Joanna Nissel



the poet

Joanna Nissel was runner-up for the 2018 Poetry Business International New Poets Prize, Pick of the Month for Ink, Sweat, and Tears (July 2020), and won the 2020 Bangor Literary Journal Ekphrastic competition. She works as an organiser and facilitator of online literary events, including the Stay-at-Home! Literature Festival, Tears in the Fence Festival, and events with Paper Nations. Joanna’s debut poetry pamphlet, Guerrilla Brightenings, is forthcoming with Against the Grain Press.

the poems

Thoughts on Mothers’ Day 2020

00:00 / 01:23

                                                  This is not my first poem

                                                  about washing hands

Dad learned the spell     of lipid-based soaps

alcohol gel     cracked knuckle-skin

to enter Dave’s hospice room

festooned with cards     balloons

                                                  Did you know flower-water is so germ-ridden

                                                  it can be lethal?

Twenty years earlier     the diagnosis

then the fall down the stairs     cracked

his skull     The friend who found him

scrubbed her hands of his blood

                                                  The ritual of it     clutch of talismans

                                                  worn around the neck

without knowing if it would protect her

For Mothers’ Day     I sketched a bouquet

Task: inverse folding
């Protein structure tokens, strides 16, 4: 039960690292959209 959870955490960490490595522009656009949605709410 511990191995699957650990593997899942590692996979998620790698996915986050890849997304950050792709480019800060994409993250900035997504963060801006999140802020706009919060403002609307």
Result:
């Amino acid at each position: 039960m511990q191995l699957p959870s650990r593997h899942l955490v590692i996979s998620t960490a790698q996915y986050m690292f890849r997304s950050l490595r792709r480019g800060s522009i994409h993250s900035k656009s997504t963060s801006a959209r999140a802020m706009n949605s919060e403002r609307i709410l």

of spring     daffodils     bluebells     roses

hibiscus in biro     The last time I saw Dave

                                                  The groom's declaring

                                                  wickedness     laziness

his wedding     my 11th birthday

Buddha-bar-bling-themed ­     golds     fuchsia

lighting rigs from the boys at the Old Vic

They stopped the ensuing rave

                                                  February frost melting

                                                  against steamed windows

to bring me a cake with candles

that     when I blew on them

relit themselves     never went out.


00:00 / 01:23

She drops the word into conversation,

sprawling and red like unfurling fire lilies.

The audacity of it makes me stutter,

and she, comfortable and languid-limbed,

moves on to the next topic as if she hasn’t just

released the scent of raspberries and honeysuckle

into a rainy afternoon catch-up. Afterwards I wonder

if I’ve just seen a glimpse of the world as she sees it,

life in all its mundanities rippling across her taste buds:

simply delicious. I find myself mouthing the word,

revelling in the sibilance

so petal-soft it burns.

It's the Only Time I See Them

On coming out – Hove Lawns

00:00 / 01:08

the lesbian couple, joining me to amble the pebbles at dawn,

meandering the artery between one pier and the other.

They’re gone by the time light proliferates, turns the world

from fragile pinks, pale blues to brash cerulean and shamrock lawns,

and the promenade has filled with clots of joggers,

children with training wheels, shirtless beer bellies.

I can’t blame them, when sunrise offers us a clear stretch

of saturated sands, which shift underfoot like the texture of damp biscuits,

which thrum with ancient energies and offer fragments of shells,

whole ecosystems on the groynes, encrusted with mussels

until the walls resemble the puffed wings of preening crows

and the bright shallows under 7am sun overlap like scales.

This morning, three women waded in and, as the water broke

against their stomachs, they were Leo standing on the prow,

the horizon building in them, building,

until they released their screams.

Publishing credits

All poems: exclusive first publication by iamb

© original authors 2021

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